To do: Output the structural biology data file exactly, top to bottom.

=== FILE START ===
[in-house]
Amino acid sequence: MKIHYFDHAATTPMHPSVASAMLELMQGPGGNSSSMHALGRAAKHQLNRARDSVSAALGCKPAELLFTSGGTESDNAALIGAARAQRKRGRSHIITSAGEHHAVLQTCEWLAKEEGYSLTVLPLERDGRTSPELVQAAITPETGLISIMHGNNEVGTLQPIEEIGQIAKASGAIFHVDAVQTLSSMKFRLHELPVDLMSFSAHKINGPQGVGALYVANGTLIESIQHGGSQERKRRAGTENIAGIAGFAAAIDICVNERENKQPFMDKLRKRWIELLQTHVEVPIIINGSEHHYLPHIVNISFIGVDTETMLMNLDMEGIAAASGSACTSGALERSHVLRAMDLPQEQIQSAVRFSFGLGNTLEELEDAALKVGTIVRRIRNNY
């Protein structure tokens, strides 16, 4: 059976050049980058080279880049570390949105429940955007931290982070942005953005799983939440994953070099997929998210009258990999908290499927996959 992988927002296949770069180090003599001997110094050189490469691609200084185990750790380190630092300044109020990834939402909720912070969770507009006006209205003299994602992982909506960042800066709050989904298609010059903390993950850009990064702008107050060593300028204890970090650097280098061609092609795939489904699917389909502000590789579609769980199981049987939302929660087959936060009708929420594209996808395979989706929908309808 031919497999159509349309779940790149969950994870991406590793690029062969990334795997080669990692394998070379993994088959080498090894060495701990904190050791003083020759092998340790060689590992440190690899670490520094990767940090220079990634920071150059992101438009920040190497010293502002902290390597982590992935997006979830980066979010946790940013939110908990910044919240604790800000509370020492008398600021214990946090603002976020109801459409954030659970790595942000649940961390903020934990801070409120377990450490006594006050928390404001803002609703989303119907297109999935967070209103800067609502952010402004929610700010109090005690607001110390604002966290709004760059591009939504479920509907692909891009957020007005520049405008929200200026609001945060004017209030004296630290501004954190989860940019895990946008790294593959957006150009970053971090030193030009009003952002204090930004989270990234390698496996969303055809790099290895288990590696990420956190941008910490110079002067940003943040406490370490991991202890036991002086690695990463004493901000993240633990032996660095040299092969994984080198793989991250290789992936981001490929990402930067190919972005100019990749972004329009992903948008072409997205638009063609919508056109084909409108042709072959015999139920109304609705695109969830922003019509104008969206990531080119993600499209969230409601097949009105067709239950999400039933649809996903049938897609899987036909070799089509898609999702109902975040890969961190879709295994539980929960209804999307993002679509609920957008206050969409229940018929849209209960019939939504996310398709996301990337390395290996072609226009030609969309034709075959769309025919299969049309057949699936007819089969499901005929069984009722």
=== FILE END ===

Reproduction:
[in-house]
Amino acid sequence: MKIHYFDHAATTPMHPSVASAMLELMQGPGGNSSSMHALGRAAKHQLNRARDSVSAALGCKPAELLFTSGGTESDNAALIGAARAQRKRGRSHIITSAGEHHAVLQTCEWLAKEEGYSLTVLPLERDGRTSPELVQAAITPETGLISIMHGNNEVGTLQPIEEIGQIAKASGAIFHVDAVQTLSSMKFRLHELPVDLMSFSAHKINGPQGVGALYVANGTLIESIQHGGSQERKRRAGTENIAGIAGFAAAIDICVNERENKQPFMDKLRKRWIELLQTHVEVPIIINGSEHHYLPHIVNISFIGVDTETMLMNLDMEGIAAASGSACTSGALERSHVLRAMDLPQEQIQSAVRFSFGLGNTLEELEDAALKVGTIVRRIRNNY
């Protein structure tokens, strides 16, 4: 059976050049980058080279880049570390949105429940955007931290982070942005953005799983939440994953070099997929998210009258990999908290499927996959 992988927002296949770069180090003599001997110094050189490469691609200084185990750790380190630092300044109020990834939402909720912070969770507009006006209205003299994602992982909506960042800066709050989904298609010059903390993950850009990064702008107050060593300028204890970090650097280098061609092609795939489904699917389909502000590789579609769980199981049987939302929660087959936060009708929420594209996808395979989706929908309808 031919497999159509349309779940790149969950994870991406590793690029062969990334795997080669990692394998070379993994088959080498090894060495701990904190050791003083020759092998340790060689590992440190690899670490520094990767940090220079990634920071150059992101438009920040190497010293502002902290390597982590992935997006979830980066979010946790940013939110908990910044919240604790800000509370020492008398600021214990946090603002976020109801459409954030659970790595942000649940961390903020934990801070409120377990450490006594006050928390404001803002609703989303119907297109999935967070209103800067609502952010402004929610700010109090005690607001110390604002966290709004760059591009939504479920509907692909891009957020007005520049405008929200200026609001945060004017209030004296630290501004954190989860940019895990946008790294593959957006150009970053971090030193030009009003952002204090930004989270990234390698496996969303055809790099290895288990590696990420956190941008910490110079002067940003943040406490370490991991202890036991002086690695990463004493901000993240633990032996660095040299092969994984080198793989991250290789992936981001490929990402930067190919972005100019990749972004329009992903948008072409997205638009063609919508056109084909409108042709072959015999139920109304609705695109969830922003019509104008969206990531080119993600499209969230409601097949009105067709239950999400039933649809996903049938897609899987036909070799089509898609999702109902975040890969961190879709295994539980929960209804999307993002679509609920957008206050969409229940018929849209209960019939939504996310398709996301990337390395290996072609226009030609969309034709075959769309025919299969049309057949699936007819089969499901005929069984009722």